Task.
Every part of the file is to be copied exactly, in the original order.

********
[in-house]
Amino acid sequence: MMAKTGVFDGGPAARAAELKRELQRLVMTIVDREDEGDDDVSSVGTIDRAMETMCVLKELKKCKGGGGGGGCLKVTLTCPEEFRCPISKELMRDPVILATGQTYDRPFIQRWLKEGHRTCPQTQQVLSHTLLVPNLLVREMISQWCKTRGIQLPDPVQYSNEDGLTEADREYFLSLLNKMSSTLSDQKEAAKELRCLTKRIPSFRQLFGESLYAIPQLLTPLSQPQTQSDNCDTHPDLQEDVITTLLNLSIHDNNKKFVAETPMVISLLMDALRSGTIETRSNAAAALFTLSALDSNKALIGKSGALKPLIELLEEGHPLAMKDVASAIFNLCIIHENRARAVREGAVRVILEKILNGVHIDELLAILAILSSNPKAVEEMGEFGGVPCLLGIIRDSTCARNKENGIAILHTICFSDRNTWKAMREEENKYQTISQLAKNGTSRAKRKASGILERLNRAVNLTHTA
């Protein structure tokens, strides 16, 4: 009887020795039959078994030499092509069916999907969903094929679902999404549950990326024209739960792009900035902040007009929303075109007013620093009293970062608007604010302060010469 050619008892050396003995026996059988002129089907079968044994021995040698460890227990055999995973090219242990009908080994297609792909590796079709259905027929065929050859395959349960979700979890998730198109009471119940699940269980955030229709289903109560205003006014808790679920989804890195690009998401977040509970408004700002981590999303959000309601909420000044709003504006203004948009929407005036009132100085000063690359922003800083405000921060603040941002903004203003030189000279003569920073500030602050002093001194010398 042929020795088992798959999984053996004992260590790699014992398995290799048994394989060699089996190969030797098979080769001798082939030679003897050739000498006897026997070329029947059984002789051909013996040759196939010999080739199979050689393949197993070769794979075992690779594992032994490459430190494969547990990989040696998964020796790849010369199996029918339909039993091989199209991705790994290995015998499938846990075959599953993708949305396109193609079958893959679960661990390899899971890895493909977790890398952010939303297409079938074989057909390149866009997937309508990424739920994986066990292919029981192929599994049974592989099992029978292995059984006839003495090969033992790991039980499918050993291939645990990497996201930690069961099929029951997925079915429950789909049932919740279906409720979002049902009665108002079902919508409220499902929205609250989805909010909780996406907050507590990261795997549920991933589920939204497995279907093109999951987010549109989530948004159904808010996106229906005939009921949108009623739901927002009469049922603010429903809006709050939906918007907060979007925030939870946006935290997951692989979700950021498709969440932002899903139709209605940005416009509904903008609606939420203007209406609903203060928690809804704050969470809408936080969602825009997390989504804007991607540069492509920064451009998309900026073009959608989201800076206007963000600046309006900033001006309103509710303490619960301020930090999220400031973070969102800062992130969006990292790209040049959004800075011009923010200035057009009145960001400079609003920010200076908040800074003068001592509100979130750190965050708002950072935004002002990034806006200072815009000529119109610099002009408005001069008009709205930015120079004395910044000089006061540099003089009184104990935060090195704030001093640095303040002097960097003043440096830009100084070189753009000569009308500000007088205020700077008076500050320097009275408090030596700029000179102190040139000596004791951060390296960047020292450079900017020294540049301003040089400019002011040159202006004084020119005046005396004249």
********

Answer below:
[in-house]
Amino acid sequence: MMAKTGVFDGGPAARAAELKRELQRLVMTIVDREDEGDDDVSSVGTIDRAMETMCVLKELKKCKGGGGGGGCLKVTLTCPEEFRCPISKELMRDPVILATGQTYDRPFIQRWLKEGHRTCPQTQQVLSHTLLVPNLLVREMISQWCKTRGIQLPDPVQYSNEDGLTEADREYFLSLLNKMSSTLSDQKEAAKELRCLTKRIPSFRQLFGESLYAIPQLLTPLSQPQTQSDNCDTHPDLQEDVITTLLNLSIHDNNKKFVAETPMVISLLMDALRSGTIETRSNAAAALFTLSALDSNKALIGKSGALKPLIELLEEGHPLAMKDVASAIFNLCIIHENRARAVREGAVRVILEKILNGVHIDELLAILAILSSNPKAVEEMGEFGGVPCLLGIIRDSTCARNKENGIAILHTICFSDRNTWKAMREEENKYQTISQLAKNGTSRAKRKASGILERLNRAVNLTHTA
């Protein structure tokens, strides 16, 4: 009887020795039959078994030499092509069916999907969903094929679902999404549950990326024209739960792009900035902040007009929303075109007013620093009293970062608007604010302060010469 050619008892050396003995026996059988002129089907079968044994021995040698460890227990055999995973090219242990009908080994297609792909590796079709259905027929065929050859395959349960979700979890998730198109009471119940699940269980955030229709289903109560205003006014808790679920989804890195690009998401977040509970408004700002981590999303959000309601909420000044709003504006203004948009929407005036009132100085000063690359922003800083405000921060603040941002903004203003030189000279003569920073500030602050002093001194010398 042929020795088992798959999984053996004992260590790699014992398995290799048994394989060699089996190969030797098979080769001798082939030679003897050739000498006897026997070329029947059984002789051909013996040759196939010999080739199979050689393949197993070769794979075992690779594992032994490459430190494969547990990989040696998964020796790849010369199996029918339909039993091989199209991705790994290995015998499938846990075959599953993708949305396109193609079958893959679960661990390899899971890895493909977790890398952010939303297409079938074989057909390149866009997937309508990424739920994986066990292919029981192929599994049974592989099992029978292995059984006839003495090969033992790991039980499918050993291939645990990497996201930690069961099929029951997925079915429950789909049932919740279906409720979002049902009665108002079902919508409220499902929205609250989805909010909780996406907050507590990261795997549920991933589920939204497995279907093109999951987010549109989530948004159904808010996106229906005939009921949108009623739901927002009469049922603010429903809006709050939906918007907060979007925030939870946006935290997951692989979700950021498709969440932002899903139709209605940005416009509904903008609606939420203007209406609903203060928690809804704050969470809408936080969602825009997390989504804007991607540069492509920064451009998309900026073009959608989201800076206007963000600046309006900033001006309103509710303490619960301020930090999220400031973070969102800062992130969006990292790209040049959004800075011009923010200035057009009145960001400079609003920010200076908040800074003068001592509100979130750190965050708002950072935004002002990034806006200072815009000529119109610099002009408005001069008009709205930015120079004395910044000089006061540099003089009184104990935060090195704030001093640095303040002097960097003043440096830009100084070189753009000569009308500000007088205020700077008076500050320097009275408090030596700029000179102190040139000596004791951060390296960047020292450079900017020294540049301003040089400019002011040159202006004084020119005046005396004249």